There are different ways of costing out an inpatient stay in SAS and SQL data. In SAS, the cost of an inpatient stay can be determined by summing the cost from DISAMT in the inpatient files with the DISAMT from the ancillary observations that correspond to the inpatient stay; however, the inpatient and ancillary files alone may not be sufficient to account for the entire cost of care. HERC researchers found that claims for the professional component of hospital stays also appeared in the file of claims for outpatient services. Therefore, to make a complete assessment of the payments for inpatient cases, researchers should evaluate the outpatient files along with the inpatient and ancillary files. In the SQL files, there is no separate ancillary file; rather, data regarding the physician cost of the inpatient stay is denoted in the [Fee].[FeeServiceProvided] table. Thus, in SQL the total cost of an inpatient stay would be determined by evaluating the DisbursedAmount in the [Fee].[FeeInpatInvoice] and [Fee].[FeeServiceProvided] tables.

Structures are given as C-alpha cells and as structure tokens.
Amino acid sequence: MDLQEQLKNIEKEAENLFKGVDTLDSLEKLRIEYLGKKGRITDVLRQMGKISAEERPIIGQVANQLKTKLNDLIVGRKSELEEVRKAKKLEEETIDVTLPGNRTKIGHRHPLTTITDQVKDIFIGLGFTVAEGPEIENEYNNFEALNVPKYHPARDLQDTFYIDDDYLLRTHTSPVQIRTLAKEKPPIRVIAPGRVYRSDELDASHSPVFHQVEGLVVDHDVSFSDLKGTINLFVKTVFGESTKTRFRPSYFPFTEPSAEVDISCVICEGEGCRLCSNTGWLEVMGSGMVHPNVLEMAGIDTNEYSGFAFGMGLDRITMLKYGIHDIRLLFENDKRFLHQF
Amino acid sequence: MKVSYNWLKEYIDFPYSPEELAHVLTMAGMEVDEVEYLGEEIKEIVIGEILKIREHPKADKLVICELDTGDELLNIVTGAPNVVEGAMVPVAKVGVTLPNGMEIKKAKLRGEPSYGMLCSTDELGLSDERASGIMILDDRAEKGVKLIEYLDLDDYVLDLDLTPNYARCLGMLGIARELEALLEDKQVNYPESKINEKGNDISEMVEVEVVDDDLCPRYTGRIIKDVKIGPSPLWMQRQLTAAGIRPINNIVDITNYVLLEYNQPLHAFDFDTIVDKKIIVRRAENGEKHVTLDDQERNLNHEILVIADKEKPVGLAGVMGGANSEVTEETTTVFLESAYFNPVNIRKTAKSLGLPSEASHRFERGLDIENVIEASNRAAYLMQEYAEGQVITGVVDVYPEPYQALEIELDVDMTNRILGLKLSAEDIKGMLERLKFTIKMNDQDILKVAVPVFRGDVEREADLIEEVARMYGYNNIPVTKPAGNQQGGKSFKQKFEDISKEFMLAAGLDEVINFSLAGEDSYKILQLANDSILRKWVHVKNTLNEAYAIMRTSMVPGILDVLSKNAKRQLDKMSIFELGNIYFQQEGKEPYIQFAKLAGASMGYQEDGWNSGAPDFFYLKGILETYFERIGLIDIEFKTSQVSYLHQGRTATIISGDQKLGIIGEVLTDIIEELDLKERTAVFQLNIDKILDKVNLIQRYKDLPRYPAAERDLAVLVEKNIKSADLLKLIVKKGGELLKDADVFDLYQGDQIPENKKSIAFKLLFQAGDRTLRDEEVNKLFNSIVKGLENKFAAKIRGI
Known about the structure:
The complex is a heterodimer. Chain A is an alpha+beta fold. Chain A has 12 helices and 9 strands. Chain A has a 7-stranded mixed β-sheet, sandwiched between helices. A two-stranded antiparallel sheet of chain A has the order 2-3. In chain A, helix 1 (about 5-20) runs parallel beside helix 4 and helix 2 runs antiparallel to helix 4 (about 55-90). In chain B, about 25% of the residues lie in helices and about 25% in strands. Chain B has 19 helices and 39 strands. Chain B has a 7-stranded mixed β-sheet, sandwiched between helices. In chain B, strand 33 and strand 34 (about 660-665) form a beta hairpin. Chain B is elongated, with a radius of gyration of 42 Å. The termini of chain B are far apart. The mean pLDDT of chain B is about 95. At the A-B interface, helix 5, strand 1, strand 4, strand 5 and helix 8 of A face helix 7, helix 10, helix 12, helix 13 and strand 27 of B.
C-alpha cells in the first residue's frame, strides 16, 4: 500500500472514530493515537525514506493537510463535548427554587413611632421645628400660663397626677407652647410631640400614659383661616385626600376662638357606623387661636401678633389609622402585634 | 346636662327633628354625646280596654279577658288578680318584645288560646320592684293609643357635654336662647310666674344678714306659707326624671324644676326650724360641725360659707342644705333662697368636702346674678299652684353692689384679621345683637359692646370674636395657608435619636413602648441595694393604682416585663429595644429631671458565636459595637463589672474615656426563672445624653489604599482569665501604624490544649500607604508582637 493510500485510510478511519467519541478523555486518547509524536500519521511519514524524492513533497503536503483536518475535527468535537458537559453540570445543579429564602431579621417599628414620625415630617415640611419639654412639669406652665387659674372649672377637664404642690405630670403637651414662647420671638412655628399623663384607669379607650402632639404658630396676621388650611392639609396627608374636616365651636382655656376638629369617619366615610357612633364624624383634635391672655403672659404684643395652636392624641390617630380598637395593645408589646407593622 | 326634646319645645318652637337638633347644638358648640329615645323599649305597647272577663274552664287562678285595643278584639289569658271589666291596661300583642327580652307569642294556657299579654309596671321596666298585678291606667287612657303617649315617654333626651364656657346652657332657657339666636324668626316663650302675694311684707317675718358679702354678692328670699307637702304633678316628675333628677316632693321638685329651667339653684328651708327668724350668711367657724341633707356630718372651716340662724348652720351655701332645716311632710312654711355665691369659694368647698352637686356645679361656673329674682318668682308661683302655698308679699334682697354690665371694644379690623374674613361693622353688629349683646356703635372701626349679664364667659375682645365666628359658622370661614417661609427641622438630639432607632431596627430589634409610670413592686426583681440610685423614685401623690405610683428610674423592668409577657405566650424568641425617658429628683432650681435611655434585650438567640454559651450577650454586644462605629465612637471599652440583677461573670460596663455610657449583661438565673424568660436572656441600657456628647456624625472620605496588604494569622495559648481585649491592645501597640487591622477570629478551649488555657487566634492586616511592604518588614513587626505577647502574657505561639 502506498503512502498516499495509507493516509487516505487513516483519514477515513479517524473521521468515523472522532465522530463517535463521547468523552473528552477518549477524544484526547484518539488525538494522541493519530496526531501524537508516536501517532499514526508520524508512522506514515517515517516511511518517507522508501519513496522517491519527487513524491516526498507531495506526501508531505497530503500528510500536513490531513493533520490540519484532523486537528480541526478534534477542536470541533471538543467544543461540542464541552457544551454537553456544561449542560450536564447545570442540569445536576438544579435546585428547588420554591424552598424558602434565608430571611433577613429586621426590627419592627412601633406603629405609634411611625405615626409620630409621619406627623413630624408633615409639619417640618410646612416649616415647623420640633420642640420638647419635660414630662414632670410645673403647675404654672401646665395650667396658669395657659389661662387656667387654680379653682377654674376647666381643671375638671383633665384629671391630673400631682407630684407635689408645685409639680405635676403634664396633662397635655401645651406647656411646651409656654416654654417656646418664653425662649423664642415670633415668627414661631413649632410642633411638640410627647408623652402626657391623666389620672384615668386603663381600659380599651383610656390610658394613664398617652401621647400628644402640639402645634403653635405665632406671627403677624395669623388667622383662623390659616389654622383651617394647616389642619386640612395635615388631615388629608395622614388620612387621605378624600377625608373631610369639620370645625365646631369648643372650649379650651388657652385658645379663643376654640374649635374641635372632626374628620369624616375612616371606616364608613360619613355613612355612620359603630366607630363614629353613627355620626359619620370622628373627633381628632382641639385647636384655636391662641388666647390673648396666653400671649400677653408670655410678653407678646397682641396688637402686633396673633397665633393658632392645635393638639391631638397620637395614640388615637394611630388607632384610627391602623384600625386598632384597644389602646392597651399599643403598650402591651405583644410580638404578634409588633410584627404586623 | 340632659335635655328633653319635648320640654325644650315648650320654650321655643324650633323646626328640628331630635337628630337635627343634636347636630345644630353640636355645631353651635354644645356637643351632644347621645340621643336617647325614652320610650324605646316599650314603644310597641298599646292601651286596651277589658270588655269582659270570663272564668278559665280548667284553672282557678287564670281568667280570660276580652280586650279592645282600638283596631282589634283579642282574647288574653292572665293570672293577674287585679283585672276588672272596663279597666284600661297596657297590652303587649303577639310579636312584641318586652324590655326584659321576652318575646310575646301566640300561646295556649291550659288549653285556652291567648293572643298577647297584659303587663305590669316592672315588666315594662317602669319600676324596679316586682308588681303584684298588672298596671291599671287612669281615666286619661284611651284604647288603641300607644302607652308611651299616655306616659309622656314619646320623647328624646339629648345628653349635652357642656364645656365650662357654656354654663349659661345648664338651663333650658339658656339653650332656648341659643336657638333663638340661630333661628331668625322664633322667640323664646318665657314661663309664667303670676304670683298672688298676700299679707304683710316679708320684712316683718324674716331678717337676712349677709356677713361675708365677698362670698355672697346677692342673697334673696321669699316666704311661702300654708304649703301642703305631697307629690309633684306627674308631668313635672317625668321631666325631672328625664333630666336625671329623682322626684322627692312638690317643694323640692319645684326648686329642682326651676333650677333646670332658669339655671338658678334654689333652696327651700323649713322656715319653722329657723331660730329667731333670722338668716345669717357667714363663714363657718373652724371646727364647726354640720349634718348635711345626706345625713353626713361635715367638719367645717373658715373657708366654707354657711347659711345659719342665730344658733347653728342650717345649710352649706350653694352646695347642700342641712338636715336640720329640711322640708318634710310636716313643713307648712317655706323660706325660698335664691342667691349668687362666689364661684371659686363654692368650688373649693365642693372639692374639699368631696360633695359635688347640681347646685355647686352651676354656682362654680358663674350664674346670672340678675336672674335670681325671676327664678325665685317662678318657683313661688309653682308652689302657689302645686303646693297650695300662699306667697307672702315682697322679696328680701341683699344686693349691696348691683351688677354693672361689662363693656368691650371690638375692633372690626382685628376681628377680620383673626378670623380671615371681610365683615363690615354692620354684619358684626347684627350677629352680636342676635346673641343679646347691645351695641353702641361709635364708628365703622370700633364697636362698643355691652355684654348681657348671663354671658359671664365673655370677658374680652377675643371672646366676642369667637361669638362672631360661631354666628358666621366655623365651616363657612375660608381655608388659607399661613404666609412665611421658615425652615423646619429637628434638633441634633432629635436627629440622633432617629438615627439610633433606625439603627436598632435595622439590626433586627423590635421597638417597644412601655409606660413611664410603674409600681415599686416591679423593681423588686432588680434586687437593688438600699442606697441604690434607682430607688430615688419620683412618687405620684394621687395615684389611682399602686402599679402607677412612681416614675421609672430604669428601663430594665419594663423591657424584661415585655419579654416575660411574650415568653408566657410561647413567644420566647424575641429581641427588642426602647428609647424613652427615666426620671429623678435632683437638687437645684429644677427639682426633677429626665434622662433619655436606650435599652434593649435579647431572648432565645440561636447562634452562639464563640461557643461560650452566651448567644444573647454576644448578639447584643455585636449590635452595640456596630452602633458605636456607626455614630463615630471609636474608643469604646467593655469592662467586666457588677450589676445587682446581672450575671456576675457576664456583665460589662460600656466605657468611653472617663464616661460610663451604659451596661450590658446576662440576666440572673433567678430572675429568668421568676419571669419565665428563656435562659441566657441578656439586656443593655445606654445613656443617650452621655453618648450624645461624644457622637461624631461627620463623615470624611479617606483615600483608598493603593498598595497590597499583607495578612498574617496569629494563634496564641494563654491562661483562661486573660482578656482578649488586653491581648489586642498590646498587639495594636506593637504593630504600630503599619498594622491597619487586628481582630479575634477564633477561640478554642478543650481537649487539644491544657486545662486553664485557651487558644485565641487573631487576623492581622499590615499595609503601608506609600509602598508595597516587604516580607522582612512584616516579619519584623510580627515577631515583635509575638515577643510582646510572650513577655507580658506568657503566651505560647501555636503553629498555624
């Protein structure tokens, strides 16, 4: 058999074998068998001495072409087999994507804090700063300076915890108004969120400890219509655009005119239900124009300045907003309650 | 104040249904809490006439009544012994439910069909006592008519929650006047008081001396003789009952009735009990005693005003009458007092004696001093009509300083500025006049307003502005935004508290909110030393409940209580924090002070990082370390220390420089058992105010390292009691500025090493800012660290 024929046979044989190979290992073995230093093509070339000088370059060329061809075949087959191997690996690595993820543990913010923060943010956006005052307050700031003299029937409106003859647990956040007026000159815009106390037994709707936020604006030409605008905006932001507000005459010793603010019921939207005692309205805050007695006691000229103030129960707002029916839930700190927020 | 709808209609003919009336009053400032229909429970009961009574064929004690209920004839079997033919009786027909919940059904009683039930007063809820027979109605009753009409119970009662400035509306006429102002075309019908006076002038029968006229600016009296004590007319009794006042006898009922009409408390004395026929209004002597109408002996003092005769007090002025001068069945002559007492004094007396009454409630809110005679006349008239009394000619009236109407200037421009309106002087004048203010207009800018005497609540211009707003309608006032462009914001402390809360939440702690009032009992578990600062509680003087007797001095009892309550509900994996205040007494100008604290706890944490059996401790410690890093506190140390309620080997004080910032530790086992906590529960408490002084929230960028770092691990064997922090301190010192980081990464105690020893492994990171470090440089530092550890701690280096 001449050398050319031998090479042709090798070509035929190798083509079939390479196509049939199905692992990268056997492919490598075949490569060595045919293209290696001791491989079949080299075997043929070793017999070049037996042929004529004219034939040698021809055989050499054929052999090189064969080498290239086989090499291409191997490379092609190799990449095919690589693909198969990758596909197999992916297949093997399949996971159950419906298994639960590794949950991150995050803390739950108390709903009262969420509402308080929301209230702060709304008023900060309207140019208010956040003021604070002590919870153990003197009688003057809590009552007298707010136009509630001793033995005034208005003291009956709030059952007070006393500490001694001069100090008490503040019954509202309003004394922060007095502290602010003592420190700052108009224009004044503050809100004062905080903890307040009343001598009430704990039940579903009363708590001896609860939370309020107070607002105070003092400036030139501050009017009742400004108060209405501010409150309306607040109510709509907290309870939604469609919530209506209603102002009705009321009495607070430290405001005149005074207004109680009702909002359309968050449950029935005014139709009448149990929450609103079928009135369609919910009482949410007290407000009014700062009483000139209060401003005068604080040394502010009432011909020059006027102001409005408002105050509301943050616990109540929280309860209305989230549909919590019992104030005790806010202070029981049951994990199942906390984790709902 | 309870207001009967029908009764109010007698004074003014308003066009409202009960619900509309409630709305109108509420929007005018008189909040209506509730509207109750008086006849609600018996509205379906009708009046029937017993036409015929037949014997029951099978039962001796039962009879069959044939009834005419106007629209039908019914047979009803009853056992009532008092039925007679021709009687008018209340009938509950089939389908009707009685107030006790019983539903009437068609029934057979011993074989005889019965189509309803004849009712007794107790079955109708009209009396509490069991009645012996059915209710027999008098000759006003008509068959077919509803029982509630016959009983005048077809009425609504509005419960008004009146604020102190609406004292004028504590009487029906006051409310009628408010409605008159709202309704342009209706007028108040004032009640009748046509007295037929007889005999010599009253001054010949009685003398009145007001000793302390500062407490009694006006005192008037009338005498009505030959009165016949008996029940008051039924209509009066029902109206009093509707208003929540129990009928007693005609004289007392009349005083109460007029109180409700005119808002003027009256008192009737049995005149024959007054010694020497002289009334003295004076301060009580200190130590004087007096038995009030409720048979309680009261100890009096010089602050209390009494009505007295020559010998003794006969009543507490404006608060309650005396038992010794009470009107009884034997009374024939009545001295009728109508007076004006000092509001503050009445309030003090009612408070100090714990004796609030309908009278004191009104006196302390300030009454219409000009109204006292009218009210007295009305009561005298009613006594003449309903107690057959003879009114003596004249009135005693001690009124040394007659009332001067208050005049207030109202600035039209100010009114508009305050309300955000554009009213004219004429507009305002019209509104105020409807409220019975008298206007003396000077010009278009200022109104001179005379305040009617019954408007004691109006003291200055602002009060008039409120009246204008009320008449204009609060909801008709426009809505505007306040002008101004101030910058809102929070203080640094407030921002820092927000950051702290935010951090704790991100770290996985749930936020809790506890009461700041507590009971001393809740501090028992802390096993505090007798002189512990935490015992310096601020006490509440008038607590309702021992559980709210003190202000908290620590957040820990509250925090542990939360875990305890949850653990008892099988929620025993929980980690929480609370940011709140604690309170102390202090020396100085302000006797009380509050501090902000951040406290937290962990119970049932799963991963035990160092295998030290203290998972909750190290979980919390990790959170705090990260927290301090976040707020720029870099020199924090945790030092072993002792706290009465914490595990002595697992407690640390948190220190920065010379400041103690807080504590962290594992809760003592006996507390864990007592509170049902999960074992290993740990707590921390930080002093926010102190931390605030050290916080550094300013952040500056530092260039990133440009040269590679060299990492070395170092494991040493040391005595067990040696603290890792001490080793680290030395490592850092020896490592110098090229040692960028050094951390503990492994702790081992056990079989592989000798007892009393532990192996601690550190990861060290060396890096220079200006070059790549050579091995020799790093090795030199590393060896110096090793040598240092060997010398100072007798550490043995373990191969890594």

3.5 Outpatient data in SAS versus SQL